banner image

:: Spotlight :: Suburban Mayhem - Interview with Emily Barclay and Paul Goldman

By: Carmine Pascuzzi

Suburban Mayhem” is one of the more powerful Australian films in recent years and will be remembered for a terrific acting performance by young actress Emily Barclay as a rebellious single mother. The film is directed by Paul Goldman and it has just received twelve nominations for the upcoming Australian Film Institute (AFI) Awards in December. I had the opportunity to speak with Emily and Paul whilst they were in Melbourne recently.

Q.I am interested in judging the film from a human services point of view. What would such people think about Suburban Mayhem and what it shows on screen?

A.(Paul)The style of the film is not natural. It’s heightened realism. People probably think it’s an exaggeration but I don’t think it’s too much of an exaggeration. Many people who we’ve met at discussion forums know a lot of Katrinas out there.

The film holds up a mirror to society. There’s no huge political agenda. You try to avoid stereotype. A lot of those people could have been depicted in the way of working class, white trash stereotypes. There’s more to it. The film intersects with class – Katrina, her father, and her brother live in a lower middle class. They are not blue collar working class people. Katrina is a child of the times – the monster child of John Howard and Kim Beasley. In our current culture, people are enticed with this idea that they have some kind of entitlement to the material world of society. You’re told, through reality television, that all these things are aspirational and within your grasp. Here’s a young girl that takes it to the next level. She feels she is entitled to everything. She wants it now. The world owes her. Katrina simply decides that she’ll go out there and take it. She doesn’t care about the consequences. She is a product of the culture we live in.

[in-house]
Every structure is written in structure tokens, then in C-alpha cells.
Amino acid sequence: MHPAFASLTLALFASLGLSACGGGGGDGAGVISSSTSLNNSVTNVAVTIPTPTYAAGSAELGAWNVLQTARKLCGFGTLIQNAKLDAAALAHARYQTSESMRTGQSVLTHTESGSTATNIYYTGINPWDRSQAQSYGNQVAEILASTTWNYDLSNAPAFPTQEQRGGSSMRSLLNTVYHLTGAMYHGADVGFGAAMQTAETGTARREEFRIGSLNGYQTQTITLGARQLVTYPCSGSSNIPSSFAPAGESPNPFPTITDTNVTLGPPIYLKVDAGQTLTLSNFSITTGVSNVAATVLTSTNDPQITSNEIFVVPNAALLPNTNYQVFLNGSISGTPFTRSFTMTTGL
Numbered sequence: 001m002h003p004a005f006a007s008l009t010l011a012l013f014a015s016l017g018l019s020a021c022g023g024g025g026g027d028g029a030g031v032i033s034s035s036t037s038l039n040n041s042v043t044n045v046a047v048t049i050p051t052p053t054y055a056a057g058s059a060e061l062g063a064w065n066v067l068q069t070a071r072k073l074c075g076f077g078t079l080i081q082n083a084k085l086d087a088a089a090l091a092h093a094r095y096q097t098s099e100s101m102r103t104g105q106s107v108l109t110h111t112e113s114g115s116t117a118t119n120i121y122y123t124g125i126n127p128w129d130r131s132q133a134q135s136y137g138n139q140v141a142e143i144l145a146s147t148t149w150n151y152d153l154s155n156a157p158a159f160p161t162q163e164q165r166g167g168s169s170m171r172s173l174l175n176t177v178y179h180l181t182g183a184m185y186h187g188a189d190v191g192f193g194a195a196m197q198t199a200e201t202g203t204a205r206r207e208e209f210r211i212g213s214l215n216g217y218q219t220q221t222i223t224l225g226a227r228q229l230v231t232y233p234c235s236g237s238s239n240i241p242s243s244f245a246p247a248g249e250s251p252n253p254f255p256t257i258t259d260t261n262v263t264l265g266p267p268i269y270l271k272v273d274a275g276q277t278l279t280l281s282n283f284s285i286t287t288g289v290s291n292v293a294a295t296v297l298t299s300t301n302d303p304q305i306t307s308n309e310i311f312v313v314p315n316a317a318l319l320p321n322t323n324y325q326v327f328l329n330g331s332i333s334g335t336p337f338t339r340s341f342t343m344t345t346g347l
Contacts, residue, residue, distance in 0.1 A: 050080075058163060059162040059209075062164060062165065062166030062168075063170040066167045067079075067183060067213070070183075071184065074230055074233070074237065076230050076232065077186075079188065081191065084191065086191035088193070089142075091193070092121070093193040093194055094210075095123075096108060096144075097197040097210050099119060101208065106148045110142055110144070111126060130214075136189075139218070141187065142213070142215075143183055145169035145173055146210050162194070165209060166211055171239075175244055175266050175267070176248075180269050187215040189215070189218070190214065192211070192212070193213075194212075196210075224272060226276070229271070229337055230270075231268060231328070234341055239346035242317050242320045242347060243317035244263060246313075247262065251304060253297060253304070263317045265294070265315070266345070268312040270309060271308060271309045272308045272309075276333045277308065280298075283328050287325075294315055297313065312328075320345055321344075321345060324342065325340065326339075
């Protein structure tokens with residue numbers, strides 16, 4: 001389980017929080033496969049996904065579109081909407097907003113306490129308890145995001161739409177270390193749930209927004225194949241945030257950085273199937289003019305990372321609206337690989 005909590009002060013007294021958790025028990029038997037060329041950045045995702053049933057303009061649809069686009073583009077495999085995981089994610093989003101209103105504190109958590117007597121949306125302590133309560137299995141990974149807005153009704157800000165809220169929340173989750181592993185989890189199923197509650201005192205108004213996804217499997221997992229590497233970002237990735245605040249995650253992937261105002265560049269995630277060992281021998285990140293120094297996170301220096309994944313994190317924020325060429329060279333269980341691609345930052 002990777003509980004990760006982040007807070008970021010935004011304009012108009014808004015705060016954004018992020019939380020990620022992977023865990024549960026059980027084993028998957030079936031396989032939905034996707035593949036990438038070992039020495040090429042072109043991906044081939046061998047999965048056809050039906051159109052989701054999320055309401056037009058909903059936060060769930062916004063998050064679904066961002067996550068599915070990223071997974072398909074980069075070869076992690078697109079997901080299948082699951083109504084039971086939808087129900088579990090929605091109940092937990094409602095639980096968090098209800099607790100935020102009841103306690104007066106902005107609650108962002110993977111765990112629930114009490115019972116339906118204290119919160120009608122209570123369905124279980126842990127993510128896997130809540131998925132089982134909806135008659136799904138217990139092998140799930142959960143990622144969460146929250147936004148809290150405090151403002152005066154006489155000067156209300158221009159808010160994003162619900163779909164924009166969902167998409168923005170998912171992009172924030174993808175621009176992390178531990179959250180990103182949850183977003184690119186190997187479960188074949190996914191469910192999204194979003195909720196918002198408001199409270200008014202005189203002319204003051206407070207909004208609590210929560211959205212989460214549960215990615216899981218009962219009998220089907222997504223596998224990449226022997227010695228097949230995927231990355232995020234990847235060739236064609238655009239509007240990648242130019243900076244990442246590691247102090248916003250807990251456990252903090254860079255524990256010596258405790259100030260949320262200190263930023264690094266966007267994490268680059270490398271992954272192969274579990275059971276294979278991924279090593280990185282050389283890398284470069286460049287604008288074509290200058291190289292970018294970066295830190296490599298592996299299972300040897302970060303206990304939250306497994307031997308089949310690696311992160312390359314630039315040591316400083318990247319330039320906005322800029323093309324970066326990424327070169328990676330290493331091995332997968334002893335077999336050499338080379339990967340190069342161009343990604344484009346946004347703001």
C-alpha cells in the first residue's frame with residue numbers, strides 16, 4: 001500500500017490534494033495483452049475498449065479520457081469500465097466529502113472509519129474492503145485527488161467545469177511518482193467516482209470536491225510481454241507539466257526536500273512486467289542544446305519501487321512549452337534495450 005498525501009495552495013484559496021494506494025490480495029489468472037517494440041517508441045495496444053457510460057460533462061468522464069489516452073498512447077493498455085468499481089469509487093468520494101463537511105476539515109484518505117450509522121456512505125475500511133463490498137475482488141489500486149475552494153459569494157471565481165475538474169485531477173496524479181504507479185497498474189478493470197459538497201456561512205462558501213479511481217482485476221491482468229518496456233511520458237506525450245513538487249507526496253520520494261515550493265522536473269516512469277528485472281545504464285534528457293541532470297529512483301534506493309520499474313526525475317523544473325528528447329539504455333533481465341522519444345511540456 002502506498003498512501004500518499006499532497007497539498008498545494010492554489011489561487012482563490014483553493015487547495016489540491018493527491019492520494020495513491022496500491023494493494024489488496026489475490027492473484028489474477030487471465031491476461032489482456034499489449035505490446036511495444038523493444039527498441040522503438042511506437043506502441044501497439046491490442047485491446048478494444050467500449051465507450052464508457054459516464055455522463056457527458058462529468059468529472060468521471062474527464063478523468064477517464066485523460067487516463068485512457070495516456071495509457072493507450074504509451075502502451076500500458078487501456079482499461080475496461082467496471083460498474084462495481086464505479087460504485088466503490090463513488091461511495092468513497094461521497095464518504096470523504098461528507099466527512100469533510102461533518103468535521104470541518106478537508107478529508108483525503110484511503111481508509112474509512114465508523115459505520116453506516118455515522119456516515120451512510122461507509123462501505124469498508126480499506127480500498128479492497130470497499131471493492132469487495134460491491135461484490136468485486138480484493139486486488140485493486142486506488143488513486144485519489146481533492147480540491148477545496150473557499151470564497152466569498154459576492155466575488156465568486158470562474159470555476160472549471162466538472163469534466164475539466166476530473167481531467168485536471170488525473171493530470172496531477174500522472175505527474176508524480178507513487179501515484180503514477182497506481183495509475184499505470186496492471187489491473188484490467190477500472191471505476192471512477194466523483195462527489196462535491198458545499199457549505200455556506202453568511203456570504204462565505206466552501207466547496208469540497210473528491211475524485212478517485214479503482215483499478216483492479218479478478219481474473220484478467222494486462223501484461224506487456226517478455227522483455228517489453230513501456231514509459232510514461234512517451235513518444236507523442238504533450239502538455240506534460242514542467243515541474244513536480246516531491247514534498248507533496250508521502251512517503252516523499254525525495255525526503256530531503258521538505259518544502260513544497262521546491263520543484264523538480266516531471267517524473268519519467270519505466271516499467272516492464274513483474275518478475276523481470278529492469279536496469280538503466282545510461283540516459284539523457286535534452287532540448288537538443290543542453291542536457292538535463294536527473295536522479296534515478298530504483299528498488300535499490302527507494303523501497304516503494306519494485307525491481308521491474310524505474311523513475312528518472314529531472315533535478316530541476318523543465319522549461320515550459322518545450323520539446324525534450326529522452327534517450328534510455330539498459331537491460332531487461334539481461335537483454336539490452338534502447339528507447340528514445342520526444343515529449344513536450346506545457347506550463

We’ve met plenty of girls who have seen the film and they come out titillated and empowered by Katrina. That character is unique in Australian cinema. Here’s a girl who is a sociopath and gets away with it. Most characters like that get their comeuppance – they either repent or pay a strong price. We weren’t profound about it. Emily’s portrayal is so powerful that you walk out of the cinema with lots of questions. People want this to be a moral tale. There are plenty of Katrinas out there. The violence shown is an accurate portrayal of the violence out there in some suburbs.

Q.You must have been excited to have scored such a part?

A.(Emily)Yes, I really wanted the role. Katrina is an exciting character and I thought that it would be greatly challenging to play her. Katrina is a wild, crazy and lawless person. It is a dream role.

Q.Has the role changed your own personality at all?

A.(Emily)I think that playing that character has had some effect on me. It was an amazing experience but it didn’t make me look at the world in a different way. We all know people like Katrina, Rusty and Danny.

(Paul)The problem in that house is that you have a father who can’t cope with these two wild kids. He doesn’t know how to lay down boundaries. It gets right out of control.

Q.I was impressed by the supporting cast, in particular, Mia at just 16 years of age. It will be difficult to escape from the fact that Emily dominates the film…

A.(Paul)It’s nice to recognise the other characters. Emily’s performance comes courtesy of the others lifting the bar all the time. We all worked hard together. There was an amazing bond between the cast members, and their association with Alice Bell, the writer, who was just 24 when she started working on the script.

Q.What was it like being blonde?

A.(Emily)You’re the first person that has asked me that question. I had spent two hours in the make-up truck putting a wig on. It was very time consuming. Boys loved me. I quite liked it. I might go blonde again one day.

Q.What’s the lasting impression audiences will have?

A.(Emily)We can learn so much about ourselves and who we are, and what we’re doing.

(Paul)At one point, the film is about a bunch of men trying to control one young woman – the boyfriend, the father, the cop, etc. Katrina is a wild, wicked, free-thinking force of nature.